O’Connell said that reports undertaken by inspectors from the Department of Education “always come back saying that schools are generally very good, so the majority of parents are probably wondering why they should change.”

David Graham of Education Equality recounted his experience at a meeting in his local Catholic school in north county Dublin, where he recalled that the Catholic Church was extremely unwilling to divest and relinquish their patronage.

He said: “One of the parents in the audience, and there were several hundred parents present, asked if the parents would be given an opportunity to listen to representatives from different patron bodies in order to be able to make an informed decision around patronage. And that was matched with a flat out refusal.”

Graham is focused on the “complete dissociation” of religious instruction from primary education, and while his goal is largely on a human rights basis, he also believes the quality of education would improve.

Graham said: “Teachers are being required to impart two and a half hours a week on religious studies, plus the sacramental preparation process plus prayers, plus church services plus visits from priests and bishops.

All of this uses up an enormous amount of very, very valuable curriculum time that could be put to better use by focusing on education rather than on indoctrination or evangelisation.

Nowlan also shared how parents have come to Educate Together schools because they have been unhappy about the fact that children are coming home learning how to bless themselves or say prayers.

She said: “This doesn’t seem like the biggest deal if you’re a Catholic but it could be if you’re not a Catholic, what would you do if your child was coming home and praying to Mecca?”

Northern Ireland

The removal of the “baptism barrier” has also accentuated the stark difference between the Church’s authority in the North and South of Ireland, according to Dr Ganiel, who also specialises in the conflict in Northern Ireland.

Baptism rates halved from 11,922 to 5,998 in 2020 in the Dublin diocese, largely due to pandemic restrictions. Comparatively, the Down and Connor diocese, which includes Belfast city, dropped from 4,412 to 3,480.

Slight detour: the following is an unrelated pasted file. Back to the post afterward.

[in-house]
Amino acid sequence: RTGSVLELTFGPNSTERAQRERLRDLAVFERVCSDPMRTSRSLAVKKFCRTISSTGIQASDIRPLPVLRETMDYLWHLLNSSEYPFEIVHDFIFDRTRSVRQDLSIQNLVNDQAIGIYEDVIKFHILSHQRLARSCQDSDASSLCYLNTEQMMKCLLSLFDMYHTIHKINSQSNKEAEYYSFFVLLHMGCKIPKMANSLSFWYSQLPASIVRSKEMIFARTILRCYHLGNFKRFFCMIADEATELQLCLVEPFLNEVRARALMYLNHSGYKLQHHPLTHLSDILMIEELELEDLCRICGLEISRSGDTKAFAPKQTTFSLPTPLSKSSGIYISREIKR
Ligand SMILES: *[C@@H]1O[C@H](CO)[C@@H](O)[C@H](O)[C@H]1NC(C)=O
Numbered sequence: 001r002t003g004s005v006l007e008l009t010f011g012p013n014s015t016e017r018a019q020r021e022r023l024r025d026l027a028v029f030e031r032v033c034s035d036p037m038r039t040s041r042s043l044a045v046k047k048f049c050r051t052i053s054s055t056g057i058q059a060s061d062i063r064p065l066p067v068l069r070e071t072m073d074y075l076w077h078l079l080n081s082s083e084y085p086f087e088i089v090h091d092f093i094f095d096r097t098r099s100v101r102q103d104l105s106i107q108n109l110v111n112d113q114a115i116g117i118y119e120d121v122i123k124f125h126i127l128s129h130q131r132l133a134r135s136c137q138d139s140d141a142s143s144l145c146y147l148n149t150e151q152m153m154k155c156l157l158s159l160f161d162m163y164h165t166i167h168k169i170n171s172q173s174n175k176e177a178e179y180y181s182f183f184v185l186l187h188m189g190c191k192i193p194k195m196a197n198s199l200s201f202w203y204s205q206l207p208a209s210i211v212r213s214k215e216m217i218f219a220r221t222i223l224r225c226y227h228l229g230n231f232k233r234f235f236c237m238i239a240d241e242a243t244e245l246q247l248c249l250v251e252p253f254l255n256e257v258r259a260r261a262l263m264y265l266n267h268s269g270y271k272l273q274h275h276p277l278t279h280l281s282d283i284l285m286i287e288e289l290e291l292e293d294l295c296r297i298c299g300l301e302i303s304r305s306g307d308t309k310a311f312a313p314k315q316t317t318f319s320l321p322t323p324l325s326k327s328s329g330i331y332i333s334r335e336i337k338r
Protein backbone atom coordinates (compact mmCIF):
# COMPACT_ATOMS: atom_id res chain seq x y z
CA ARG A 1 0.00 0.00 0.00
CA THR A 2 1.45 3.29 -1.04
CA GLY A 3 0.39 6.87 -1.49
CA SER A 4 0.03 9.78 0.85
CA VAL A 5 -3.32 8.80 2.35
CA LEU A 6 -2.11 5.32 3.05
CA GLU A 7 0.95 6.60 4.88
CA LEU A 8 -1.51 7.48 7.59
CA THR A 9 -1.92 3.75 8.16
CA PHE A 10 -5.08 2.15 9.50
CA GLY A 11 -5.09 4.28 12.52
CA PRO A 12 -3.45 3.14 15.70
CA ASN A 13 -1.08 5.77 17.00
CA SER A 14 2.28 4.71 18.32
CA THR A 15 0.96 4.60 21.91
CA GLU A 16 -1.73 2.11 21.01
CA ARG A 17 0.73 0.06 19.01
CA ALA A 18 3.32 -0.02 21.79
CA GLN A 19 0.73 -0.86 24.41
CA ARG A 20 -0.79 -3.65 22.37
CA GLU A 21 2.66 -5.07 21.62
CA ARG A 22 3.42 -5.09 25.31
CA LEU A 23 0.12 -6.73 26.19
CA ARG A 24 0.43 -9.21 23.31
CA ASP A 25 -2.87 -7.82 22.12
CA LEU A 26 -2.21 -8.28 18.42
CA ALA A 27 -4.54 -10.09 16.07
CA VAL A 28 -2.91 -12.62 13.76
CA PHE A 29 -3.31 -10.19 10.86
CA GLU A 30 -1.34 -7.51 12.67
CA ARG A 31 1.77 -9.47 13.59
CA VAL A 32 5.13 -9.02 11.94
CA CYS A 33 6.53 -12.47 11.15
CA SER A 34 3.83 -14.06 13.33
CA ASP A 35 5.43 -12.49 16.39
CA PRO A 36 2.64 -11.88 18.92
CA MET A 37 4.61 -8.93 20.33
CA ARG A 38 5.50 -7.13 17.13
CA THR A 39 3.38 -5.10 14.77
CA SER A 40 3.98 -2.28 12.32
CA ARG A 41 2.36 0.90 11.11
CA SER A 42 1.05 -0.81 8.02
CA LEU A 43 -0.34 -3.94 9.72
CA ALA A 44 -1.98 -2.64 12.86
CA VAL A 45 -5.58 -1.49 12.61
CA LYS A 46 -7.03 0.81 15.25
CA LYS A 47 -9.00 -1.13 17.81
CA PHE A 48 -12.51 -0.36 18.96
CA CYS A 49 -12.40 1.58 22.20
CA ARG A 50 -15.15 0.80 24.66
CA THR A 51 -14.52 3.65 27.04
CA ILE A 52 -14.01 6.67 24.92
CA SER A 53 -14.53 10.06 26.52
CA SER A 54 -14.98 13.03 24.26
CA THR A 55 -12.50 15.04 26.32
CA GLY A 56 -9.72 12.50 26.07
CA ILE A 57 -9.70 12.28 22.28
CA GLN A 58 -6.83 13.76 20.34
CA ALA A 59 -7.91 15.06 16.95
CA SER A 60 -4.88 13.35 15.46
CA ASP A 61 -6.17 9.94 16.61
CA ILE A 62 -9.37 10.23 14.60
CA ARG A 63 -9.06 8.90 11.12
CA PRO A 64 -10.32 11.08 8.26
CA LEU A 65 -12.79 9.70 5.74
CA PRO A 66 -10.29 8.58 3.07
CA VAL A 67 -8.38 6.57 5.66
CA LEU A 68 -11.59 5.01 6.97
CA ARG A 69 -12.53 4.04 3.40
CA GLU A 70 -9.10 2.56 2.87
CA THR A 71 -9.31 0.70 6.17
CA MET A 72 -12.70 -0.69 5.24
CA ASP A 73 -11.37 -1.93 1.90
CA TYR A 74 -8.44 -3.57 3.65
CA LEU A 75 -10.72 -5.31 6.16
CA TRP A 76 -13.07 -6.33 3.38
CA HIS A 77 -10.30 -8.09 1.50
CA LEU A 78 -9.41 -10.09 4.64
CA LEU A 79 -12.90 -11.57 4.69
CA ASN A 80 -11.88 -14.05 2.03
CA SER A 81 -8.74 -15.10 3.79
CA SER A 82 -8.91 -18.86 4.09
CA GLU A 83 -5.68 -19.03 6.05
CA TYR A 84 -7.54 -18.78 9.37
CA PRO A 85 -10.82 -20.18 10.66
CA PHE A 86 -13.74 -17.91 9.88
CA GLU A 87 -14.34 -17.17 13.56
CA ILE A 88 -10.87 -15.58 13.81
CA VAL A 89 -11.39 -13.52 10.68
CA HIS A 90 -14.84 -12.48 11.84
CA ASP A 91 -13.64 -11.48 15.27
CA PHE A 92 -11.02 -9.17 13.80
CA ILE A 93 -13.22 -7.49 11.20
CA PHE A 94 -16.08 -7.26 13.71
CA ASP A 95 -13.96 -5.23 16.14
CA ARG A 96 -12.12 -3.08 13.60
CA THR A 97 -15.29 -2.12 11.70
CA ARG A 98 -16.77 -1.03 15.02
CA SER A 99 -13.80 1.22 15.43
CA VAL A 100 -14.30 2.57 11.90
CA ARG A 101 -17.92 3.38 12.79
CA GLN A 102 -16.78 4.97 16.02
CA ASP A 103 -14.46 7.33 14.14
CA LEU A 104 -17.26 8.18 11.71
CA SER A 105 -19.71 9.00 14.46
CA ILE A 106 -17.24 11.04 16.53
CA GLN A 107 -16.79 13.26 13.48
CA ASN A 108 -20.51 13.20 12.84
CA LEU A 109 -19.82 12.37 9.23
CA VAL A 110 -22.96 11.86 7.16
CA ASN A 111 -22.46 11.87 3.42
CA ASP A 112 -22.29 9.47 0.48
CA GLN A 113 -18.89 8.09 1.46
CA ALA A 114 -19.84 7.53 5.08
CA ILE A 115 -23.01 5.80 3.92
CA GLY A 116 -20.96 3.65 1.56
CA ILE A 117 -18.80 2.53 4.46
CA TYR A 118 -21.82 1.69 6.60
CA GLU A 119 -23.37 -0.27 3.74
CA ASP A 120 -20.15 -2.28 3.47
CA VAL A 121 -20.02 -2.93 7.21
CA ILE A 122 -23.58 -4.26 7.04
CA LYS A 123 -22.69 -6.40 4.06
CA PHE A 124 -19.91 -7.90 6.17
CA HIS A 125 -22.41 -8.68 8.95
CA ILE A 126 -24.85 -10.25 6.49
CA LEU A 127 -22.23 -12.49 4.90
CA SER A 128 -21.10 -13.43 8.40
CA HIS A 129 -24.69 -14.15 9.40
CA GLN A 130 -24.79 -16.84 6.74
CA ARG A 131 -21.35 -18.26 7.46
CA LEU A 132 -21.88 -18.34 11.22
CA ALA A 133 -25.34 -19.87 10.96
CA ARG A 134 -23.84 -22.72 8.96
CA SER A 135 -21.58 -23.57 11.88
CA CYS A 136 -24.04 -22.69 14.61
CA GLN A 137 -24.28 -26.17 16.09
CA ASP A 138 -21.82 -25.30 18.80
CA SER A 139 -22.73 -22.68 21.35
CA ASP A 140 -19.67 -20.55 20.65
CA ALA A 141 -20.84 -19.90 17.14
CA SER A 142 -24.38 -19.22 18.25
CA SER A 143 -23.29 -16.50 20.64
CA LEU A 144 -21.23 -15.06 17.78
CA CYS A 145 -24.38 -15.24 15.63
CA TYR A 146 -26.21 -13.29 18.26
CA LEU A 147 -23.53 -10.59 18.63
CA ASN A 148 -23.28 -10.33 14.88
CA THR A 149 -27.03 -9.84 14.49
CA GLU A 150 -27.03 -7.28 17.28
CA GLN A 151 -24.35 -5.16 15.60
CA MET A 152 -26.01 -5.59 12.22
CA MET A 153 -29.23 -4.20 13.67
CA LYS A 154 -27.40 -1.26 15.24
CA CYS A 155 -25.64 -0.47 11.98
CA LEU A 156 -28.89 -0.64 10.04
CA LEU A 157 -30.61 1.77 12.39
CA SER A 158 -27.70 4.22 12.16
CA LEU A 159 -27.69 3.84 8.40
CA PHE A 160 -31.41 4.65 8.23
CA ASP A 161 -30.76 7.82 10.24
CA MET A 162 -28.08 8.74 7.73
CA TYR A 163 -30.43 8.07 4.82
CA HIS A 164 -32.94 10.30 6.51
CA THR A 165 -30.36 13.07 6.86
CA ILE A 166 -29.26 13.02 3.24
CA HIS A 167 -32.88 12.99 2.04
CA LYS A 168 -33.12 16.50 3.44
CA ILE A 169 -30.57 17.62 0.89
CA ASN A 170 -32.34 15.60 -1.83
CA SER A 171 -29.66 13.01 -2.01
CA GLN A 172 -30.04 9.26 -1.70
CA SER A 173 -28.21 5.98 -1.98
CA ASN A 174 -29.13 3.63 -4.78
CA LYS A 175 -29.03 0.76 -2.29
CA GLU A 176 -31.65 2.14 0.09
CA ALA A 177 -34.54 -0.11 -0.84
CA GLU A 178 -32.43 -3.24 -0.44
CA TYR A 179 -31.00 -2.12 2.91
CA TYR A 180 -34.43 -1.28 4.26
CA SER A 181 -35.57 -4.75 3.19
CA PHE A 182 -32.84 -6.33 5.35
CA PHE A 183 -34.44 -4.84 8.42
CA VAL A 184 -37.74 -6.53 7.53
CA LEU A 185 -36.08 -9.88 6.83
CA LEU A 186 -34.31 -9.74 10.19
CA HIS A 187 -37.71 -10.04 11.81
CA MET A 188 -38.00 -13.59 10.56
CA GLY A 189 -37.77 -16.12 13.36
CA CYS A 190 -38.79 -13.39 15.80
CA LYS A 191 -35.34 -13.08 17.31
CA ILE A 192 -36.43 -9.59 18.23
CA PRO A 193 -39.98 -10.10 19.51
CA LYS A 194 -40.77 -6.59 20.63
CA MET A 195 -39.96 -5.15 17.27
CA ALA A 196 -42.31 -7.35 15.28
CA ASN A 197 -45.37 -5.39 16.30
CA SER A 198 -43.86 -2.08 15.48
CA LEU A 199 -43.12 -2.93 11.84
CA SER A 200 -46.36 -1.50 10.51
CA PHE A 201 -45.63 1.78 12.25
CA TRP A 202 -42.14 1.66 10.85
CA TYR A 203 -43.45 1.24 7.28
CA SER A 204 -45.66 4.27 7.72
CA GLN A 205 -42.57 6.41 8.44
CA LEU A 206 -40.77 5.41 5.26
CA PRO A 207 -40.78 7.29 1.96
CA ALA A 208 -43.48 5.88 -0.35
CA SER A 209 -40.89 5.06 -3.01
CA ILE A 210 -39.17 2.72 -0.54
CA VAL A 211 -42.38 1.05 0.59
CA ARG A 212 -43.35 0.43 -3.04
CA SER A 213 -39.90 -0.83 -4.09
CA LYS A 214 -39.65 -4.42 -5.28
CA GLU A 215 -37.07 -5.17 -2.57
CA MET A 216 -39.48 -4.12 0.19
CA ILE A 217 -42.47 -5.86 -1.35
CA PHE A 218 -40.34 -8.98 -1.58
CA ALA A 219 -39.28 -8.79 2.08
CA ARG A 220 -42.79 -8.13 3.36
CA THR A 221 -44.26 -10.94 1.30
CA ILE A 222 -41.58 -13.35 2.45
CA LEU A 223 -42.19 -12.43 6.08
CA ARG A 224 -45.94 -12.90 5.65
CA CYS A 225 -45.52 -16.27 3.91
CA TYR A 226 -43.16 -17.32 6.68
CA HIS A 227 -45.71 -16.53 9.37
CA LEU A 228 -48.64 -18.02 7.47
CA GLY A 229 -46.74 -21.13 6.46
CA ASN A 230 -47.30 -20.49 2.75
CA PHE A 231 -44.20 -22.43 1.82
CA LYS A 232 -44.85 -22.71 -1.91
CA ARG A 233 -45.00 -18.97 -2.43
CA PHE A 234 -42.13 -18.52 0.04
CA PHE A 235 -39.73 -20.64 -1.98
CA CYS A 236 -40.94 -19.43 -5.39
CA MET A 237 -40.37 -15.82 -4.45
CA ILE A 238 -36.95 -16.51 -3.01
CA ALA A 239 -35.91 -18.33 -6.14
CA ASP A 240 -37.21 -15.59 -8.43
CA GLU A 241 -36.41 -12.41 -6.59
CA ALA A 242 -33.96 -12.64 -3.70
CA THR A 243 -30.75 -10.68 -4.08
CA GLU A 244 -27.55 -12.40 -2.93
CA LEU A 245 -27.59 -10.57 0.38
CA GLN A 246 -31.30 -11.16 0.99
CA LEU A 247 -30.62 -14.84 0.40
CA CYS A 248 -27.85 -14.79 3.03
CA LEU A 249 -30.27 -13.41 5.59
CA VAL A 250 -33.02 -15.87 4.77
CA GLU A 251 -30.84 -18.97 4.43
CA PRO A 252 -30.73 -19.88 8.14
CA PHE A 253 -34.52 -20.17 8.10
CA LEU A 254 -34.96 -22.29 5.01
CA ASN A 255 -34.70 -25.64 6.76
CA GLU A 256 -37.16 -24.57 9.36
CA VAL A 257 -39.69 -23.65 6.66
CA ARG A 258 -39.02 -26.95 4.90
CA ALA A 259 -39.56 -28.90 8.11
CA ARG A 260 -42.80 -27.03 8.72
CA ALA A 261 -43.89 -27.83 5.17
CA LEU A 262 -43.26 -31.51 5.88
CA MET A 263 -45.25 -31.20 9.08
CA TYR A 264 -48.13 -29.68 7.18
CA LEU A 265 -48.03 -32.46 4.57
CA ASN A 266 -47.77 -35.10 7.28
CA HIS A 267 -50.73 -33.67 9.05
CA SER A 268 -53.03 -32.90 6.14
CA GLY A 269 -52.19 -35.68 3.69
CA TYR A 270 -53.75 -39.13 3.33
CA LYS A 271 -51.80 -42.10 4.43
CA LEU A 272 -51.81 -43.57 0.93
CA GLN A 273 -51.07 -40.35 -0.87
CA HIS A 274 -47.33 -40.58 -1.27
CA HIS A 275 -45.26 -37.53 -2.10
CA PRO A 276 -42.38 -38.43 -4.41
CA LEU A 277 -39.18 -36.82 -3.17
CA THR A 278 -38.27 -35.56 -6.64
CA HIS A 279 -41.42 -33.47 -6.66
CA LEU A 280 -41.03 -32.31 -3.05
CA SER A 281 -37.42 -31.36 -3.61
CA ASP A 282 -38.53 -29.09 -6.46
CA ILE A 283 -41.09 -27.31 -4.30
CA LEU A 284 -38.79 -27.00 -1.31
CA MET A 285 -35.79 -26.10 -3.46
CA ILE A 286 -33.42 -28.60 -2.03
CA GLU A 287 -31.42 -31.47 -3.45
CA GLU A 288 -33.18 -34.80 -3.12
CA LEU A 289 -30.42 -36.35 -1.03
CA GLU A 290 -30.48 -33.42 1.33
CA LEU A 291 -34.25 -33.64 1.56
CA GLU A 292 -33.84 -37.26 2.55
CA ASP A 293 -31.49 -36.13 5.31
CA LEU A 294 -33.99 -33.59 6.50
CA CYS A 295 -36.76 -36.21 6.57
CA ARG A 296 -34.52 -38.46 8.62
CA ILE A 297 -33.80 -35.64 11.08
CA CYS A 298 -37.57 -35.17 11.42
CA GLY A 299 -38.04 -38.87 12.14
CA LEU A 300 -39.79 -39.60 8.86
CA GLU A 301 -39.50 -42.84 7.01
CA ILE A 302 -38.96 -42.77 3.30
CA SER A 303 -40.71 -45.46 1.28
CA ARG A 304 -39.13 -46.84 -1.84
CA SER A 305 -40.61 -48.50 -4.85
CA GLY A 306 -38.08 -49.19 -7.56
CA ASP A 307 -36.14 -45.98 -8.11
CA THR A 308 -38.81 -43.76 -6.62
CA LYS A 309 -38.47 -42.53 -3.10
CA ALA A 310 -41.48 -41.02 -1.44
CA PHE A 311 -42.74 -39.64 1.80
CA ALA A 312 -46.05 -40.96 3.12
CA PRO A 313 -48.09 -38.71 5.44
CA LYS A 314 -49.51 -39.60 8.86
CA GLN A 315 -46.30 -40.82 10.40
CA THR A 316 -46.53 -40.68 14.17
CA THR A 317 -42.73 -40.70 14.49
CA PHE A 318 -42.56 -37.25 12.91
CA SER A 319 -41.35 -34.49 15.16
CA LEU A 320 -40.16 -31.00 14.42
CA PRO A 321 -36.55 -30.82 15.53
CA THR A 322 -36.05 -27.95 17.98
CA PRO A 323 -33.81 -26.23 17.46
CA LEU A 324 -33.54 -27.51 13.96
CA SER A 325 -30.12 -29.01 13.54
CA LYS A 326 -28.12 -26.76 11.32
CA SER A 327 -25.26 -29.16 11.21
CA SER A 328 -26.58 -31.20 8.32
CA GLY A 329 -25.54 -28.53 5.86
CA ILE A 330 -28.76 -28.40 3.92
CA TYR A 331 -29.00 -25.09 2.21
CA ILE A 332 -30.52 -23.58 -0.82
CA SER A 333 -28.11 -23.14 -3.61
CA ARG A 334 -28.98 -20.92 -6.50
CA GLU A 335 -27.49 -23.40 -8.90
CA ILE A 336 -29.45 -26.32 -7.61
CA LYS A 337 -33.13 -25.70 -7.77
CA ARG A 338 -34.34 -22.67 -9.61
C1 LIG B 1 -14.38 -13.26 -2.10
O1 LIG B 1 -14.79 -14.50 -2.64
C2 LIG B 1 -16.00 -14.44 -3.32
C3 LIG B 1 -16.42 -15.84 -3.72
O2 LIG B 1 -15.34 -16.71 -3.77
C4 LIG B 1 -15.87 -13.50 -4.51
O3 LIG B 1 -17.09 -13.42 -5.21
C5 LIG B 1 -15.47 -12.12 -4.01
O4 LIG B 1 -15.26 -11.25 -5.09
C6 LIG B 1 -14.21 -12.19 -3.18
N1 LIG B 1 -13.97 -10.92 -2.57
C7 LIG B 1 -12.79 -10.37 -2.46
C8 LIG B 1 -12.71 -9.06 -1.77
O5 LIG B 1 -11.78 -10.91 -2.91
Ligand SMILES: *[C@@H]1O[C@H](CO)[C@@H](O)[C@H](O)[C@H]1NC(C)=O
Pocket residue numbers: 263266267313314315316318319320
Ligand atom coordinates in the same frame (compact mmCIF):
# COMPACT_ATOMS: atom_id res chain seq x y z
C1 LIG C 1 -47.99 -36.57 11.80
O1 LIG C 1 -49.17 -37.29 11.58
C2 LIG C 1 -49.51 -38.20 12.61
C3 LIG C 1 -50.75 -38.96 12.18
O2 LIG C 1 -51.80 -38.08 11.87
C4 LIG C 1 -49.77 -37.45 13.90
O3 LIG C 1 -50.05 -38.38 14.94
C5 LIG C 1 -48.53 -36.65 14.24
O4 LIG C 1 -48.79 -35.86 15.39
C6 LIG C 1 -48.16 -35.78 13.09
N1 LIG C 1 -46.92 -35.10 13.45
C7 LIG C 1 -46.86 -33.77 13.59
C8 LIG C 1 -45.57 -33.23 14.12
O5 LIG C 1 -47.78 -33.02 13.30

“During the pandemic, the church leaders seemed to have had better relationships with the government in Northern Ireland than was the case in the Republic,” Ganiel said.

Restrictions for religious services were less stringent in the North compared to the Republic, which allowed for more sacramental events such as baptisms to take place.

The Irish Government forced churches to close on multiple occasions throughout the pandemic as level three restrictions prohibited indoor gatherings, while churches closed voluntarily in the North without governmental intervention.

While there has been a decline in the role of organised religion across the island, this development has been “particularly stark” in the South. Over 45% of Catholics in Northern Ireland regularly attended mass in 2016, compared to 36% in the Republic, despite mass attendance being at 68% and 66% respectively in 1997.

Ganiel said: “The Irish state ceded so much control to the Catholic Church in areas like education and health that when the abuse of power and trust was exposed, it was particularly galling. Of course, there have been cases of abuse in the North as well but because there was not that link between the Catholic Church and the Northern Ireland state, it was not quite so systematic and institutionalised.”

Father Roy Donovan of the Association of Catholic Priests believes the Catholic Church still holds a valuable place in both Irish society and education, but acknowledges that reform is needed if the Church is to survive in modern Ireland.

He said: “There is still a lot of cooperation between the Church and teachers, you know, but how much longer will that last? I don’t know.

At the crux of all this is, does Christianity resonate anymore with modern people? Does it work anymore? Is it credible? It’s a big question. You know, that’s what the church has to face, that most people don’t find us credible … we need to evolve in a more enlightening and enriching way for modern people.

Father Donovan also stressed the importance of substituting the Catholic Church’s traditionally obligational and institutional language with a more “invitational” tone, claiming that the Church is more than willing to divest more schools for the sake of achieving a more balanced educational landscape.

“It would seem that by having the sacrament outside of the school would be a healthier way of doing things because then you’re only going to get the parents who really want to, and it helps them think about the importance of it (the sacrament) as well. I think that’s going to be the future.”

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Barry Gallagher, Eoin Ryan, Aoife Breslin, Emma Kilcawley Hemani, Robert Richmond